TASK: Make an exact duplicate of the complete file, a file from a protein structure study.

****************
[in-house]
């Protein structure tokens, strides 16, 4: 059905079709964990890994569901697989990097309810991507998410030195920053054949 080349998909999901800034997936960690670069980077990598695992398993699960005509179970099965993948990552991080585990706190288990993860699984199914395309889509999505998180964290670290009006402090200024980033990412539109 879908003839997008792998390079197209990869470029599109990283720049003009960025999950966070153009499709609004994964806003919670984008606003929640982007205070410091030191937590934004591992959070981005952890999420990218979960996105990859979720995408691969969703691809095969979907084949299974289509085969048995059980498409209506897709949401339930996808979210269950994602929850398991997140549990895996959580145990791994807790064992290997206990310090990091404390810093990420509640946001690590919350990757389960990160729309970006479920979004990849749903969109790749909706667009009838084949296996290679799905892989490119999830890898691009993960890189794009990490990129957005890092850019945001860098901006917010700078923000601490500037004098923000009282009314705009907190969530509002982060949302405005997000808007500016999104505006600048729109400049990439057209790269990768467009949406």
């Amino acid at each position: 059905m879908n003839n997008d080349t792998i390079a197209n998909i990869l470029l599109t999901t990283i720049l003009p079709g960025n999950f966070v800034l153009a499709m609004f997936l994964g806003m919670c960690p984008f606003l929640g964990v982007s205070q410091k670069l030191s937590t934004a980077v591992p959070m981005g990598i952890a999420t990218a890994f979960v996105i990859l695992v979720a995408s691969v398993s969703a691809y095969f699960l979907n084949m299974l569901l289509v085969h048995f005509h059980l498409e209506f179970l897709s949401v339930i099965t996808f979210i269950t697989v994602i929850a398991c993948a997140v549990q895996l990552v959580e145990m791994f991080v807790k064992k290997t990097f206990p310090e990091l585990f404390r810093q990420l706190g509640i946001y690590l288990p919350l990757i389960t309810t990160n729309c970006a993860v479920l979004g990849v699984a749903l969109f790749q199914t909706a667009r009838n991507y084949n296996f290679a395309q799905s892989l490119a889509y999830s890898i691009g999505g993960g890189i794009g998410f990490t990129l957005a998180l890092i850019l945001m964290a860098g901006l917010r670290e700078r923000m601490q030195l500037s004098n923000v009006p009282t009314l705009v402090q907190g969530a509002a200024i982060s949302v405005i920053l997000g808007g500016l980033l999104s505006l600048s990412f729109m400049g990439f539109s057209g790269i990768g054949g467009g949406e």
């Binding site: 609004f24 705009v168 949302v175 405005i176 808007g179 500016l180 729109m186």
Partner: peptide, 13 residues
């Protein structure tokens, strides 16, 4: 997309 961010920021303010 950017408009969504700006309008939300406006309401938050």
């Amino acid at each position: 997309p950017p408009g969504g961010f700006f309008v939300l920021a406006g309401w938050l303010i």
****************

[in-house]
């Protein structure tokens, strides 16, 4: 059905079709964990890994569901697989990097309810991507998410030195920053054949 080349998909999901800034997936960690670069980077990598695992398993699960005509179970099965993948990552991080585990706190288990993860699984199914395309889509999505998180964290670290009006402090200024980033990412539109 879908003839997008792998390079197209990869470029599109990283720049003009960025999950966070153009499709609004994964806003919670984008606003929640982007205070410091030191937590934004591992959070981005952890999420990218979960996105990859979720995408691969969703691809095969979907084949299974289509085969048995059980498409209506897709949401339930996808979210269950994602929850398991997140549990895996959580145990791994807790064992290997206990310090990091404390810093990420509640946001690590919350990757389960990160729309970006479920979004990849749903969109790749909706667009009838084949296996290679799905892989490119999830890898691009993960890189794009990490990129957005890092850019945001860098901006917010700078923000601490500037004098923000009282009314705009907190969530509002982060949302405005997000808007500016999104505006600048729109400049990439057209790269990768467009949406």
């Amino acid at each position: 059905m879908n003839n997008d080349t792998i390079a197209n998909i990869l470029l599109t999901t990283i720049l003009p079709g960025n999950f966070v800034l153009a499709m609004f997936l994964g806003m919670c960690p984008f606003l929640g964990v982007s205070q410091k670069l030191s937590t934004a980077v591992p959070m981005g990598i952890a999420t990218a890994f979960v996105i990859l695992v979720a995408s691969v398993s969703a691809y095969f699960l979907n084949m299974l569901l289509v085969h048995f005509h059980l498409e209506f179970l897709s949401v339930i099965t996808f979210i269950t697989v994602i929850a398991c993948a997140v549990q895996l990552v959580e145990m791994f991080v807790k064992k290997t990097f206990p310090e990091l585990f404390r810093q990420l706190g509640i946001y690590l288990p919350l990757i389960t309810t990160n729309c970006a993860v479920l979004g990849v699984a749903l969109f790749q199914t909706a667009r009838n991507y084949n296996f290679a395309q799905s892989l490119a889509y999830s890898i691009g999505g993960g890189i794009g998410f990490t990129l957005a998180l890092i850019l945001m964290a860098g901006l917010r670290e700078r923000m601490q030195l500037s004098n923000v009006p009282t009314l705009v402090q907190g969530a509002a200024i982060s949302v405005i920053l997000g808007g500016l980033l999104s505006l600048s990412f729109m400049g990439f539109s057209g790269i990768g054949g467009g949406e």
């Binding site: 609004f24 705009v168 949302v175 405005i176 808007g179 500016l180 729109m186």
Partner: peptide, 13 residues
């Protein structure tokens, strides 16, 4: 997309 961010920021303010 950017408009969504700006309008939300406006309401938050």
């Amino acid at each position: 997309p950017p408009g969504g961010f700006f309008v939300l920021a406006g309401w938050l303010i």